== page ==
Final preparations and chasing formsLindsay McRory
September 16, 1995
Our pending departure comes after our most recent excellent adventure, cruising from Kingston, Ontario, to Halifax, Nova Scotia. Our route took us up through the St. Lawrence River then down to Prince Edward Island before finishing at Halifax, where we have spent much time in preparation.
The entire journey was about 1,500 miles long and took around five weeks to complete. The last few legs from Prince Edward Island to Halifax were long and hard. The next leg--from Halifax to Nova Scotia to Norfolk, Virginia--will be made with hopes we'll slide through before the fierce Canadian winter storms hit, but after the hurricane season down south.
This leg could be a lot harder than we have previously experienced as a family, so Denise and I decided that after preparing the boat I would enlist the help of some sailing friends and deliver Hakuna Matata to Norfolk. From Norfolk I would fly back to Halifax to pack the last of our gear, and the entire family would then fly to Norfolk.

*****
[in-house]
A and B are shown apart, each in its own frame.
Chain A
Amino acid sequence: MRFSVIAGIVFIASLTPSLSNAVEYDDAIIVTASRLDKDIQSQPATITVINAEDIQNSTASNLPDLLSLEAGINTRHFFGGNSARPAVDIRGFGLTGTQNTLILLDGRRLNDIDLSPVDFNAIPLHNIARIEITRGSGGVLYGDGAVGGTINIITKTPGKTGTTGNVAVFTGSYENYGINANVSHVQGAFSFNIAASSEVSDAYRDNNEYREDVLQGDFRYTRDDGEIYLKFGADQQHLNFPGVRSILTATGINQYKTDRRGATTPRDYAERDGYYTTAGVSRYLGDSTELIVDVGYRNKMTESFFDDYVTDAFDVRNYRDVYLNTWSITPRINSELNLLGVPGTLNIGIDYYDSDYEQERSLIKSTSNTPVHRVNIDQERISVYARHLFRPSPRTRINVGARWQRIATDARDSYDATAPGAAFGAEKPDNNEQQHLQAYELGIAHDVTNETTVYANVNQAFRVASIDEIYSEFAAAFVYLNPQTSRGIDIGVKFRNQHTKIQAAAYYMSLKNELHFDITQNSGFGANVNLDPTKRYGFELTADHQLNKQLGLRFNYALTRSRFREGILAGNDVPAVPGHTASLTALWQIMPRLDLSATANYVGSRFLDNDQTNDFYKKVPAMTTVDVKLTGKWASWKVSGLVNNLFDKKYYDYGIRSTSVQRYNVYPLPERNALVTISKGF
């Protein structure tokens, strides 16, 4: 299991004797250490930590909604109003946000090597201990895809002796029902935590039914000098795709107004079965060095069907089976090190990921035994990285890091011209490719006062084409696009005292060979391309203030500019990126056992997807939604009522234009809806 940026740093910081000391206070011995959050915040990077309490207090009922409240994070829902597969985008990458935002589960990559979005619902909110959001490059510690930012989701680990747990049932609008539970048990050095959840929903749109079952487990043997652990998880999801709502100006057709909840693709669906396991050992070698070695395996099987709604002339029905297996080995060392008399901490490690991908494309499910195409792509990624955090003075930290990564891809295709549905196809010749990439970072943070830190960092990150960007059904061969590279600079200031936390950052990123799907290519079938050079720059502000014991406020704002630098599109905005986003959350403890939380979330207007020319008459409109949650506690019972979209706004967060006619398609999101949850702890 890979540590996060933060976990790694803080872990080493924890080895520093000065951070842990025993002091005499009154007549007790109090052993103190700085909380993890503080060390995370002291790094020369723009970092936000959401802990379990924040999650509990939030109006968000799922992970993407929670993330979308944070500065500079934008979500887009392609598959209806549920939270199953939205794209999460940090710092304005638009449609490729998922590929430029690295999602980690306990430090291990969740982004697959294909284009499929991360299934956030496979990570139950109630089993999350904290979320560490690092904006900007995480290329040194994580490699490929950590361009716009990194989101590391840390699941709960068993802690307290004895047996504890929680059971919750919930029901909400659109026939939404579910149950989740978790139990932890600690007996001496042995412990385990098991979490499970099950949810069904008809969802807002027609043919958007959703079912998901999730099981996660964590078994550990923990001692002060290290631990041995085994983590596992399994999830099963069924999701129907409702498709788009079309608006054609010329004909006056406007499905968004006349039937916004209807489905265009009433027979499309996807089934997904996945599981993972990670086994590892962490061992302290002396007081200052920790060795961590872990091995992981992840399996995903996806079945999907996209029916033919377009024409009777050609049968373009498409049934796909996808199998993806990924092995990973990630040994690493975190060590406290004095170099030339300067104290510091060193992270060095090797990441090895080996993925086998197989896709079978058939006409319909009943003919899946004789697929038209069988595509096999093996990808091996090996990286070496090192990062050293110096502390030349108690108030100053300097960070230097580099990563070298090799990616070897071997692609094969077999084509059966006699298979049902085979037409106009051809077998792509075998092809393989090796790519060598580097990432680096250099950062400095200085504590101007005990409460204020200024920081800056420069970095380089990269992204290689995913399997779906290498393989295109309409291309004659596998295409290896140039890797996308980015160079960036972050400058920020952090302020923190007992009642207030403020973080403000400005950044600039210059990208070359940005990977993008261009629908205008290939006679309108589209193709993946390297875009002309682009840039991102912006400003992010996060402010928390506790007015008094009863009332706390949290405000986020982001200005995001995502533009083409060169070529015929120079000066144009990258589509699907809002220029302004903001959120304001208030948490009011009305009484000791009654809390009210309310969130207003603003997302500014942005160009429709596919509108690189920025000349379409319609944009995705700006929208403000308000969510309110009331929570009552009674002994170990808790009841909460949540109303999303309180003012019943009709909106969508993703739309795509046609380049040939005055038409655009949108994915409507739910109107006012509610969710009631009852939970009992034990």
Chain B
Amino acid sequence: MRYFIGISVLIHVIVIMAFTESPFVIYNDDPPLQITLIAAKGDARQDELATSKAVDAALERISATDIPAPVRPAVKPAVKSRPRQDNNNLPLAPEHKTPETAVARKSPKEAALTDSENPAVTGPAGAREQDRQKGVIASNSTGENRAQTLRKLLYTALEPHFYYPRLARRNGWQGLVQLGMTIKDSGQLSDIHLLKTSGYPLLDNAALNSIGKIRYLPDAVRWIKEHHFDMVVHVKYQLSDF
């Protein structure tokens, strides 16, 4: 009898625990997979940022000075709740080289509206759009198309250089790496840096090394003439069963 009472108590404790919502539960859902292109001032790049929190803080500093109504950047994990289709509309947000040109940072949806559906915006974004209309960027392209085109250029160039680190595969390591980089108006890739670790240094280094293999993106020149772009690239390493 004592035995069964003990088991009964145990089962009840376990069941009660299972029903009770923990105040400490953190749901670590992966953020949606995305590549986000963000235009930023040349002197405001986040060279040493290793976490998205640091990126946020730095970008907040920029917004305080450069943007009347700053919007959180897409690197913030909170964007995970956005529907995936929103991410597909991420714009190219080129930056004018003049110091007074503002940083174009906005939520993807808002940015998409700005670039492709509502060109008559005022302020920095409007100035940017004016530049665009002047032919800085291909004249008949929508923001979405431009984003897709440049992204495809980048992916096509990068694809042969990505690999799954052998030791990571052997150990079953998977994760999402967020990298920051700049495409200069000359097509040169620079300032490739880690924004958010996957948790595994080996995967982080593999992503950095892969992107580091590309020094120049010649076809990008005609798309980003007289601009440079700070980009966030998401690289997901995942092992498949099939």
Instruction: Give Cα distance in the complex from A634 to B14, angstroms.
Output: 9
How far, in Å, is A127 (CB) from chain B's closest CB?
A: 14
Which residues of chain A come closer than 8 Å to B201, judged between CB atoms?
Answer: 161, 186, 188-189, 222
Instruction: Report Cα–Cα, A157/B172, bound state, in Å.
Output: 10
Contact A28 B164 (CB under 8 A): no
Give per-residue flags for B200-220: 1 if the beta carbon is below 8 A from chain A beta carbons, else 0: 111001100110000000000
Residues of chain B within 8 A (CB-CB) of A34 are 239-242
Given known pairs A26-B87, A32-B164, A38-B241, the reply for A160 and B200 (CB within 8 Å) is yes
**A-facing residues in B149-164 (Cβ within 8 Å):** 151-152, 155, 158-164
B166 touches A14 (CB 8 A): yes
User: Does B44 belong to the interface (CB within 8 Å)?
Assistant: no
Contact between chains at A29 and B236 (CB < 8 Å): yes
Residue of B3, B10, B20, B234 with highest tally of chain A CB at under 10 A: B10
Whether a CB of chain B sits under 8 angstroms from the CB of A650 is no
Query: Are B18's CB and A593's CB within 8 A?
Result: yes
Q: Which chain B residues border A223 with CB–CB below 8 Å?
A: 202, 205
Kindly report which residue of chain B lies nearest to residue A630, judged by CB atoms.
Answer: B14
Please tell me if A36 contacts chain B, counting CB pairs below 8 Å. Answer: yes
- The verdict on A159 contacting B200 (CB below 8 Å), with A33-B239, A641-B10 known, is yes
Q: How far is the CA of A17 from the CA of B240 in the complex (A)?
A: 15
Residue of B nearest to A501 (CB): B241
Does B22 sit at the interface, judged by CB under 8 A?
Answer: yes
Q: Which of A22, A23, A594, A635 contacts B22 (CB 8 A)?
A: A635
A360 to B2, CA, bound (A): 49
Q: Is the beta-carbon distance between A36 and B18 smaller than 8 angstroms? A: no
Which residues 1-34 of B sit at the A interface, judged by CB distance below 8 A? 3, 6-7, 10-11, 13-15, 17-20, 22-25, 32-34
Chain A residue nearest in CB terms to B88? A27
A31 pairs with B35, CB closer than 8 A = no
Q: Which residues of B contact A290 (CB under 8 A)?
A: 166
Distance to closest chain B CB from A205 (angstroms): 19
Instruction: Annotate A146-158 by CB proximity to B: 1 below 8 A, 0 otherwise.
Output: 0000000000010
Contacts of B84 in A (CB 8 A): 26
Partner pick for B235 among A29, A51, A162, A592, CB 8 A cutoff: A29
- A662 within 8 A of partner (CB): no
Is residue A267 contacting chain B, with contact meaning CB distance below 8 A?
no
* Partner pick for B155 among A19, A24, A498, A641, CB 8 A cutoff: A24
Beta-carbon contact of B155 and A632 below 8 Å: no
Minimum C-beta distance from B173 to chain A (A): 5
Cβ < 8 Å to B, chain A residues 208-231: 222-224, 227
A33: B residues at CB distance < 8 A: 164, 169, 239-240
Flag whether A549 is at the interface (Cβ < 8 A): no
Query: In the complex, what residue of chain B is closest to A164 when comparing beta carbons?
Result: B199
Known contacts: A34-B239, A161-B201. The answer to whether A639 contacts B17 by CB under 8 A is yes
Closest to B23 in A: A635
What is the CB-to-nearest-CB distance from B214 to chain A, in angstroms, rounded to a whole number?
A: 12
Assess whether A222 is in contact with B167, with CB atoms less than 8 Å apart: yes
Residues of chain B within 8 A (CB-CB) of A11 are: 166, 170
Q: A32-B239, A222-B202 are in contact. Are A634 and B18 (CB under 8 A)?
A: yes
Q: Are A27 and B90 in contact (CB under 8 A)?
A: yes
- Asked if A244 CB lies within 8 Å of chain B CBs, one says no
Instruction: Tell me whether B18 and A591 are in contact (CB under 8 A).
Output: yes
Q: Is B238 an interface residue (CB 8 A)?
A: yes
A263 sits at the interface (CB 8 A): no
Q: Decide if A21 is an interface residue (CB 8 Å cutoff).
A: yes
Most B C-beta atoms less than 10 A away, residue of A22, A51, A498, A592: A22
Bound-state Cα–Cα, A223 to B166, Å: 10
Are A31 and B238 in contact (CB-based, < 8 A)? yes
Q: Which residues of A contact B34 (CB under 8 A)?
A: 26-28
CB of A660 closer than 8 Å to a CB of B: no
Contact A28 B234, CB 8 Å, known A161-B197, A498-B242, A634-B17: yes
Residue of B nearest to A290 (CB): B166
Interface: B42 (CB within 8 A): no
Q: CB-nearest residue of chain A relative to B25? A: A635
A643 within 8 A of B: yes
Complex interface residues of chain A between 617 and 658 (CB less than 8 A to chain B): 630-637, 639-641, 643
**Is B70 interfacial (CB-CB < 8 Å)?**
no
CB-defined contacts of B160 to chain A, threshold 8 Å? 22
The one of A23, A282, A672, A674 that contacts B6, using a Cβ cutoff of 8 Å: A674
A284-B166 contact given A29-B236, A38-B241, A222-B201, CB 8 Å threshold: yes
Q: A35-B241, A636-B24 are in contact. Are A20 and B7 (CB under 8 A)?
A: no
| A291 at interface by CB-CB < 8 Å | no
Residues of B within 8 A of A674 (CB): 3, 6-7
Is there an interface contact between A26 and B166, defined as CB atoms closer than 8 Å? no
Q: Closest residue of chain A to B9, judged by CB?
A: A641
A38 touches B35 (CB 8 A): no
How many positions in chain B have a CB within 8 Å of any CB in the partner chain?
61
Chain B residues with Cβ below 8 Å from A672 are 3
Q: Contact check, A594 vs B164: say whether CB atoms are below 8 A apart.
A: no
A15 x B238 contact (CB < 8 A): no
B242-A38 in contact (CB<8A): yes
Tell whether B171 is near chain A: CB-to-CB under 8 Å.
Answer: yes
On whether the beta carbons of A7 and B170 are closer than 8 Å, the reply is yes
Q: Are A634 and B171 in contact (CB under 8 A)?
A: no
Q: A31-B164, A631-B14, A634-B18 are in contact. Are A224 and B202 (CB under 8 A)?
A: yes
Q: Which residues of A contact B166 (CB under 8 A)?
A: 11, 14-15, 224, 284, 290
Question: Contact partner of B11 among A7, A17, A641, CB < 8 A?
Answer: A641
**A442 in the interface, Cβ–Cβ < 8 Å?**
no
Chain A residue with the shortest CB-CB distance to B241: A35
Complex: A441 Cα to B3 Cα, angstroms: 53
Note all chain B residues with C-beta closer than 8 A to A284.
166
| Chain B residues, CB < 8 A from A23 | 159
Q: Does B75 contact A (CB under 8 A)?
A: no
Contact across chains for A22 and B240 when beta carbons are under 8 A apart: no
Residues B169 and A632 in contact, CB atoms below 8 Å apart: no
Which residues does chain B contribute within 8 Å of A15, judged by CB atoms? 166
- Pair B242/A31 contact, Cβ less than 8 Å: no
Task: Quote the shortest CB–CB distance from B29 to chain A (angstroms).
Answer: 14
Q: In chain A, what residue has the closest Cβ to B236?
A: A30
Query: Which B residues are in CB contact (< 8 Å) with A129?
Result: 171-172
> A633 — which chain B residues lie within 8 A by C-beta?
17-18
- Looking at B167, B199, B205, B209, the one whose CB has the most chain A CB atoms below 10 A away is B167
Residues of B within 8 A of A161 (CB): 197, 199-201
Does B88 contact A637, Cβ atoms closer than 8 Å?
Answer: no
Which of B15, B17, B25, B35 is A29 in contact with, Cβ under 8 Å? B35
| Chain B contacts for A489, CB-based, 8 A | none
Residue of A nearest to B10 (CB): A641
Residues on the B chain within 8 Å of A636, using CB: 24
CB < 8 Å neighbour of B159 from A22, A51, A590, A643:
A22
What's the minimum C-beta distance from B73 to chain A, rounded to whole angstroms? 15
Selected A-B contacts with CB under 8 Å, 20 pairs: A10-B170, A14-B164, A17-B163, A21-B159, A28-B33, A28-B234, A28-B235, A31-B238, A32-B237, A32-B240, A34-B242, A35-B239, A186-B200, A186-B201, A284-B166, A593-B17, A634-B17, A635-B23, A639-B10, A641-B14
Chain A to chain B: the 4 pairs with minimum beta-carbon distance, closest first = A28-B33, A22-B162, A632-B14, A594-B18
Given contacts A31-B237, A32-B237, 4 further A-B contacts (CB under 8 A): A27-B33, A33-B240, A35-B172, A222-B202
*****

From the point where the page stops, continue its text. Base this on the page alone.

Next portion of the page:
That's assuming we ever finish preparing the boat.
The last month leading up to Hakuna Matata's departure from Halifax had been stressful and hectic. Mechanics, radio technicians, and cabinet makers had steadily beaten a path toward the boat. Jobs that were supposed to take three days in July dragged on to the day before departure.
On top of these final preparations, we also dealt with Canada's federal vessel registration process. Any ocean-going vessel--oil tanker to small sailboat--traveling to countries other than Canada must be federally registered. Now, Hakuna Matata carries the same set of ship's papers as the Queen Mary.
This process is considerably more involved than the regular provincial or state licensing that small craft undergo. A continuous volley of forms between ourselves and the ship's registrar in Toronto lasted three months and ended with us getting our ship's papers just two days before leaving.
And now the Queen of England owns 36 shares in our boat. She can summon our vessel to war in a time of need. Of course she didn't pay for her 36 shares, which would have been nice. The only useful function our little boat could perform in a time of war would be for target practice, but who can question laws that have been around for 300 years.
The final preparations are complete and the next leg is ready to begin.